Man loses challenge to sex offenders address requirements

High Court challenge claimed Sex Offender Act breached rights under Constitution to fair trial and equality before law

The man  also sought declarations and damages over an   alleged breach of his rights to liberty and security under the European Convention on Human Rights.  Photograph:  Chris Maddaloni/Collins

The man also sought declarations and damages over an alleged breach of his rights to liberty and security under the European Convention on Human Rights. Photograph: Chris Maddaloni/Collins

 

A man has lost his High Court challenge to the law requiring sex offenders to notify change of address to gardaí. The man (31) had pleaded guilty in 2004 to an offence of rape which happened in 1997 when the man was aged 13. The victim was his younger nephew.

The man was sentenced to 30 months imprisonment and was released in January 2006. By 2012, having developed a drug addiction and after serving another six-month sentence for other offences, the man took up residence in a hostel but was later charged with failing to notify gardaí of a change of address in accordance with the Sex Offender Act 2001.

He brought a High Court challenge claiming various provisions of the Act breached his rights under the Constitution to a fair trial and equality before the law (Articles 38 and 40). He also sought declarations and damages over an alleged breach of his rights to liberty and security under the European Convention on Human Rights (ECHR) Act 2003.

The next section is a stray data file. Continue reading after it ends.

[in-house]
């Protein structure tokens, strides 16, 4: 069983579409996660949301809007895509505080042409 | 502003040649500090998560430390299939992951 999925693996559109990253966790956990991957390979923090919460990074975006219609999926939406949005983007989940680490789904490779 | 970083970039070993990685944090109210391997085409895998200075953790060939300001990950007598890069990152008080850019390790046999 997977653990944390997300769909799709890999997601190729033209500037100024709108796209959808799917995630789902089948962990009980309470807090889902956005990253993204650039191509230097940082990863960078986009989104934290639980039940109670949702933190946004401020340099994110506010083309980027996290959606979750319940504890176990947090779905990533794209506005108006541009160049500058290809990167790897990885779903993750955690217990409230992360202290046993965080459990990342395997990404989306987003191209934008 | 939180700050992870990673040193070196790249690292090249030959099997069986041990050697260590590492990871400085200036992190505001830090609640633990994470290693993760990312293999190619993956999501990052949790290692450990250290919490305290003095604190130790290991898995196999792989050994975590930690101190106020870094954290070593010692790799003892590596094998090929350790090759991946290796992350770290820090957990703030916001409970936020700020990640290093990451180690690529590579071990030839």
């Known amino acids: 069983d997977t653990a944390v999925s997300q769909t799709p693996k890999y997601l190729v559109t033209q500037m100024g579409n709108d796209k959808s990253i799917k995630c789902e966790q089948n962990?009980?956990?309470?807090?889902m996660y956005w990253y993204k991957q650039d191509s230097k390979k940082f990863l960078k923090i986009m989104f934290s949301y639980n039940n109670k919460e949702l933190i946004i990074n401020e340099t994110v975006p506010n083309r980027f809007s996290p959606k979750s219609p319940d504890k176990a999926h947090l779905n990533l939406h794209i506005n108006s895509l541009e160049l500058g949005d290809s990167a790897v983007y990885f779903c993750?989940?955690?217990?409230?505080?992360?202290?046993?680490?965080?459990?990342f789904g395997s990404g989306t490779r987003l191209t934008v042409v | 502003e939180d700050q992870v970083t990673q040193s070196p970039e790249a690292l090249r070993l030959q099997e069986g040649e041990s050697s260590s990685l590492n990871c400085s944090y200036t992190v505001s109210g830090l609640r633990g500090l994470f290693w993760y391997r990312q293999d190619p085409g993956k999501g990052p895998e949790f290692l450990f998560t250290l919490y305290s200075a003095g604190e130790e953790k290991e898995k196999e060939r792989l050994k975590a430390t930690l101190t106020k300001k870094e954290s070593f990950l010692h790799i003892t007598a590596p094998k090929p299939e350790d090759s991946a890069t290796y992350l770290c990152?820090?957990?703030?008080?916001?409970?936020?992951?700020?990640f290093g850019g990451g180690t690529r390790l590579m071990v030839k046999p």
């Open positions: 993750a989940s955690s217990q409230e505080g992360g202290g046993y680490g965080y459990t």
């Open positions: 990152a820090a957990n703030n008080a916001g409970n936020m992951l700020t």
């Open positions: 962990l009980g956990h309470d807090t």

It was argued on his behalf that both the Constitution and the ECHR provided that child offenders be treated more favourably than their adult counterparts. It was also claimed a fundamental requirement of the right to trial in due course of law, and the protection of the rights of a minor, was that they were not subject to arbitrary rules and/or mandatory sentences and/or punishments imposed on adults.

Requiring those who committed offences while aged under 18 to abide by the same requirements to notify gardaí as those required by adults was disproportionate, it was claimed. If the charges were dealt with in the Circuit Court, he could face a maximum penalty of five years imprisonment and/or a €10,000 fine.

Ireland and the Attorney General opposed the application while the DPP and the Irish Human Rights Commission were notice parties to the proceedings.

Dismissing the case, Mr Justice Donald Binchy said section 12 of the 2001 Act made it an offence to fail to notify change of address if that failure was “without reasonable excuse”. The onus was on the accused to provide a reasonable excuse and the Act, in practical terms, really operated as a defence, he said.

Where an accused elected to give an excuse to the Garda for failing the do so, the DPP may consider the excuse to be reasonable, in which case no proceedings would issue, the judge said. If proceedings were issues, the onus shifted to the accused to satisfy a trial judge that the excuse was reasonable.

In the circumstances, this could not be construed as a strict liability offence, he added . He also rejected arguments the wording of the relevant provisions of the Act was impermissibly vague.